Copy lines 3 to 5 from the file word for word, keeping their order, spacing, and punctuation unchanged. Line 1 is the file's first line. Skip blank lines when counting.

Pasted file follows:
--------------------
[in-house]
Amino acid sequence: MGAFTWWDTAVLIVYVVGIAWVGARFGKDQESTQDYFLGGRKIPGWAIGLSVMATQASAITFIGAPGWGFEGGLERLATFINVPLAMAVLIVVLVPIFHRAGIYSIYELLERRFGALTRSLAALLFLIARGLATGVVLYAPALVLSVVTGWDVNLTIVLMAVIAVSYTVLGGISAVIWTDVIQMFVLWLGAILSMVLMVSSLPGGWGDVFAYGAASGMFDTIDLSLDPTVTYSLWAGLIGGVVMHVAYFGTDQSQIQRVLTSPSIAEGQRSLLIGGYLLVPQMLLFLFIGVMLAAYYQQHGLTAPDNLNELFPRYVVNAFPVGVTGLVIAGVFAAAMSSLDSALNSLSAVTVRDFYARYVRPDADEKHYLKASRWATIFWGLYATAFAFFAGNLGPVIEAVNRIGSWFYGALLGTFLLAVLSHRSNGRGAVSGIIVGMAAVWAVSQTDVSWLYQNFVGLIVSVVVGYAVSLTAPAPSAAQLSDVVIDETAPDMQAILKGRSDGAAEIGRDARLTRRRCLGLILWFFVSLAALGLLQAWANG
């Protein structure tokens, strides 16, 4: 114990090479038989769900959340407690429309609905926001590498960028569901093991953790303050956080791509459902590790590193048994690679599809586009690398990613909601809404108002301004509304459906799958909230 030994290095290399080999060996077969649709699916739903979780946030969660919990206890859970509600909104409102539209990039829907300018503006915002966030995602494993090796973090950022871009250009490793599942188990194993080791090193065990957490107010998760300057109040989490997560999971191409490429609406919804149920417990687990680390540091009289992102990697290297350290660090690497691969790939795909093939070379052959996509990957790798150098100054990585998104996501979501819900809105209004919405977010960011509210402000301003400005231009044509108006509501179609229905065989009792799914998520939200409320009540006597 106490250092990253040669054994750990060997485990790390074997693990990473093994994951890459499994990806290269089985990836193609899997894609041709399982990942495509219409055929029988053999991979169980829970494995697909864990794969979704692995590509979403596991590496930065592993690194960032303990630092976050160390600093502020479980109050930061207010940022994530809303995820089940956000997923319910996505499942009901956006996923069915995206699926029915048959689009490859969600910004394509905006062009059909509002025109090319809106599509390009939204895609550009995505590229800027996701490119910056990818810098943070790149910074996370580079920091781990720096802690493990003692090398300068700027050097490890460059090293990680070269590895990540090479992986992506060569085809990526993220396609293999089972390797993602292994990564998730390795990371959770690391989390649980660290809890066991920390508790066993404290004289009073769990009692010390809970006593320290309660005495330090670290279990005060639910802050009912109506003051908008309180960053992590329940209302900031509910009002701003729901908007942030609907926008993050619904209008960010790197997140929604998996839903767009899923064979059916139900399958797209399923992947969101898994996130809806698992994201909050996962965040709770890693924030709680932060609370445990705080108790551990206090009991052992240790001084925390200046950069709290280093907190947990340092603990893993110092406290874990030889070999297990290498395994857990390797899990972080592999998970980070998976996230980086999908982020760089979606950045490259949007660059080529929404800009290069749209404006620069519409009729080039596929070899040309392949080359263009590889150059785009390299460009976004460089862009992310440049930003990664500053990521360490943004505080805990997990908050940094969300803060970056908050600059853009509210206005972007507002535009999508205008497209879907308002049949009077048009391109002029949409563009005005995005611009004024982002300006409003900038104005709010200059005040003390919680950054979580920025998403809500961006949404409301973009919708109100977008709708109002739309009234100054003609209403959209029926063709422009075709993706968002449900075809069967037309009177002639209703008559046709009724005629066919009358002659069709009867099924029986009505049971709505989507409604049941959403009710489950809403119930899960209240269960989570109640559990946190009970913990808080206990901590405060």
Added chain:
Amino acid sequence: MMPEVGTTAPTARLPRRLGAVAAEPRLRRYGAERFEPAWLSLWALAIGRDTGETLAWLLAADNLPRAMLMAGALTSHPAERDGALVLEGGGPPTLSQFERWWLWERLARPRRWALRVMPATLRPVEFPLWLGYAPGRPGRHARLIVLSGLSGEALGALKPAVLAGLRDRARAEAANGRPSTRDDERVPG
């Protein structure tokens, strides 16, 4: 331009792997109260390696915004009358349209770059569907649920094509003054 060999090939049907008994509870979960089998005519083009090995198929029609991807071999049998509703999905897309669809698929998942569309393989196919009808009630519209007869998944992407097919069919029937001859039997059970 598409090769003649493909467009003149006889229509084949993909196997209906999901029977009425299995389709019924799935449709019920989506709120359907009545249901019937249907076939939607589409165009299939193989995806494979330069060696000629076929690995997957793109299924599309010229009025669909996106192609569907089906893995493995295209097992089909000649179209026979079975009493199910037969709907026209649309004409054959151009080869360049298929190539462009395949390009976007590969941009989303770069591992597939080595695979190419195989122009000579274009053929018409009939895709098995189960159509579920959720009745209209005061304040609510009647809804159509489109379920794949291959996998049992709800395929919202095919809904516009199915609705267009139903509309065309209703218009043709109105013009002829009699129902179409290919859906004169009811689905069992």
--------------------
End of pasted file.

């Protein structure tokens, strides 16, 4: 114990090479038989769900959340407690429309609905926001590498960028569901093991953790303050956080791509459902590790590193048994690679599809586009690398990613909601809404108002301004509304459906799958909230 030994290095290399080999060996077969649709699916739903979780946030969660919990206890859970509600909104409102539209990039829907300018503006915002966030995602494993090796973090950022871009250009490793599942188990194993080791090193065990957490107010998760300057109040989490997560999971191409490429609406919804149920417990687990680390540091009289992102990697290297350290660090690497691969790939795909093939070379052959996509990957790798150098100054990585998104996501979501819900809105209004919405977010960011509210402000301003400005231009044509108006509501179609229905065989009792799914998520939200409320009540006597 106490250092990253040669054994750990060997485990790390074997693990990473093994994951890459499994990806290269089985990836193609899997894609041709399982990942495509219409055929029988053999991979169980829970494995697909864990794969979704692995590509979403596991590496930065592993690194960032303990630092976050160390600093502020479980109050930061207010940022994530809303995820089940956000997923319910996505499942009901956006996923069915995206699926029915048959689009490859969600910004394509905006062009059909509002025109090319809106599509390009939204895609550009995505590229800027996701490119910056990818810098943070790149910074996370580079920091781990720096802690493990003692090398300068700027050097490890460059090293990680070269590895990540090479992986992506060569085809990526993220396609293999089972390797993602292994990564998730390795990371959770690391989390649980660290809890066991920390508790066993404290004289009073769990009692010390809970006593320290309660005495330090670290279990005060639910802050009912109506003051908008309180960053992590329940209302900031509910009002701003729901908007942030609907926008993050619904209008960010790197997140929604998996839903767009899923064979059916139900399958797209399923992947969101898994996130809806698992994201909050996962965040709770890693924030709680932060609370445990705080108790551990206090009991052992240790001084925390200046950069709290280093907190947990340092603990893993110092406290874990030889070999297990290498395994857990390797899990972080592999998970980070998976996230980086999908982020760089979606950045490259949007660059080529929404800009290069749209404006620069519409009729080039596929070899040309392949080359263009590889150059785009390299460009976004460089862009992310440049930003990664500053990521360490943004505080805990997990908050940094969300803060970056908050600059853009509210206005972007507002535009999508205008497209879907308002049949009077048009391109002029949409563009005005995005611009004024982002300006409003900038104005709010200059005040003390919680950054979580920025998403809500961006949404409301973009919708109100977008709708109002739309009234100054003609209403959209029926063709422009075709993706968002449900075809069967037309009177002639209703008559046709009724005629066919009358002659069709009867099924029986009505049971709505989507409604049941959403009710489950809403119930899960209240269960989570109640559990946190009970913990808080206990901590405060």
Added chain:
Amino acid sequence: MMPEVGTTAPTARLPRRLGAVAAEPRLRRYGAERFEPAWLSLWALAIGRDTGETLAWLLAADNLPRAMLMAGALTSHPAERDGALVLEGGGPPTLSQFERWWLWERLARPRRWALRVMPATLRPVEFPLWLGYAPGRPGRHARLIVLSGLSGEALGALKPAVLAGLRDRARAEAANGRPSTRDDERVPG